Thursday 16 April 2015

Childhood Friends by Paula Harrison

As a child, I couldn't imagine closer friends than Anne and Diana in Anne of Green Gables by L.M. Montgomery. Anne arrives in Avonlea longing to find a "kindred spirit" and in Diana she finds one. Re-reading it as an adult, it's hard not to come to the conclusion that Anne, with her wild imagination, is the one who gets the pair of them into scrapes. As a child though, I longed for a friendship as uncomplicated as theirs. They never seem to argue and the only thing that comes between them is the disapproval of Diana's mother when she believes that Anne has intentionally given Diana alcohol. At this age, a close friendship can seem even more important than family and her separation from Diana is particularly painful for Anne, especially as she is wrongly accused.

I recently came across the modern equivalent of this close and almost-perfect friendship when I read The Boy in the Tower by Polly Ho-Yen. Ade is an introverted character and is on the periphery at school. He finds a kindred spirit in Gaia, a girl who loves nature and likes to stand with her face turned upwards in the rain so that raindrops splash over her face. This time it is external circumstances in the form of the Bluchers that separate them. Ade holds on to a diagram that Gaia lent him - it's all he has to remember her by for most of the book.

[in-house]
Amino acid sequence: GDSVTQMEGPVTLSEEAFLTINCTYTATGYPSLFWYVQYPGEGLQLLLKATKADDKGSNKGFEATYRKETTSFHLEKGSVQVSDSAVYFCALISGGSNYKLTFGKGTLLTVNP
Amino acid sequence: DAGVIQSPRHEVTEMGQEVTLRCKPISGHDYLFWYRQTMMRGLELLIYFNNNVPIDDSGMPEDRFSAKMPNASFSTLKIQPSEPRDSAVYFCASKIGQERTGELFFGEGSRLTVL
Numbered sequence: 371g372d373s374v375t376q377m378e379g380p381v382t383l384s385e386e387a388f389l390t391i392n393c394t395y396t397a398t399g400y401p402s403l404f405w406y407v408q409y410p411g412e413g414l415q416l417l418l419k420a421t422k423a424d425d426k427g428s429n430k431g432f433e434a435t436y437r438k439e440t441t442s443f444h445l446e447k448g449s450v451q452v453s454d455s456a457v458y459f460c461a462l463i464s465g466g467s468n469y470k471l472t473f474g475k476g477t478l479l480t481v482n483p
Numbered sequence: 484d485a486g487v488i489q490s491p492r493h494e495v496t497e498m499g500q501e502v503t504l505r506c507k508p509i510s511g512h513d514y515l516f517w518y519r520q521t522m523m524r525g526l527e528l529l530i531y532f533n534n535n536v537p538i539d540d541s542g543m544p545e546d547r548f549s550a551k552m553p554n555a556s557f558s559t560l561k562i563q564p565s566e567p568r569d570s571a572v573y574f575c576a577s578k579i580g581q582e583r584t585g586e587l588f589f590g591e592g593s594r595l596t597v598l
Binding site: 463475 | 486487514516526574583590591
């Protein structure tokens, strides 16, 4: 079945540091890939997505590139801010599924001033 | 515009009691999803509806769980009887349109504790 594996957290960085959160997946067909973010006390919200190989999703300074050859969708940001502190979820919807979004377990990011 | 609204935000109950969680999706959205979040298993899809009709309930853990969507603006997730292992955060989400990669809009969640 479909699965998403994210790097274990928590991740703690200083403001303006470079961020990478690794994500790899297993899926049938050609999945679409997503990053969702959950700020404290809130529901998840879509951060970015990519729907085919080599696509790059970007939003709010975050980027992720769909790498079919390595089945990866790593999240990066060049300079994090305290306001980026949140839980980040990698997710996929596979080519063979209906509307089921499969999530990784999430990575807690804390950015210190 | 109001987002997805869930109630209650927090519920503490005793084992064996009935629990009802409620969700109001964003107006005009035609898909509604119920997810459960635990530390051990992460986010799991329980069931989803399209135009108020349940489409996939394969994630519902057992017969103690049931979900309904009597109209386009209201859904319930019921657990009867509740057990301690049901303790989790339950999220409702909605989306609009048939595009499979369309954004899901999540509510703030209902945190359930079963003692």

Another memorable friendship in middle grade fiction is Bonnie and Sylvia in The Wolves of Willoughby Chase by Joan Aiken. These girls come across as opposites, one impulsive and the other reflective. The strength of the writing reveals them as fully rounded characters without needing to fall back on a stereotyped portrayal of feisty or shy. They are very much brought together by the adversity they face both inside and outside Willoughby Chase.

It's a hard thing for a writer to depict the breakdown of a close friendship whilst maintaining the reader's sympathy and understanding for both characters, especially when one character is essentially at fault. The breakdown in the relationship between Auggie and Jack Will was the moment R.J. Palacio's Wonder came alive for me. I was reading it aloud to a child at bedtime and that was the point where they became keen on the story too. Palacio's use of different narrators is a huge advantage here, allowing us into both Jack and Auggie's thoughts.

So, what are your most memorable childhood friendships in fiction?

Paula Harrison is the author of Red Moon Rising, which is set in our everyday world with a fantasy twist. In the story, Laney Rivers finds an unusual friend in Claudia, a girl with very different gifts from her own.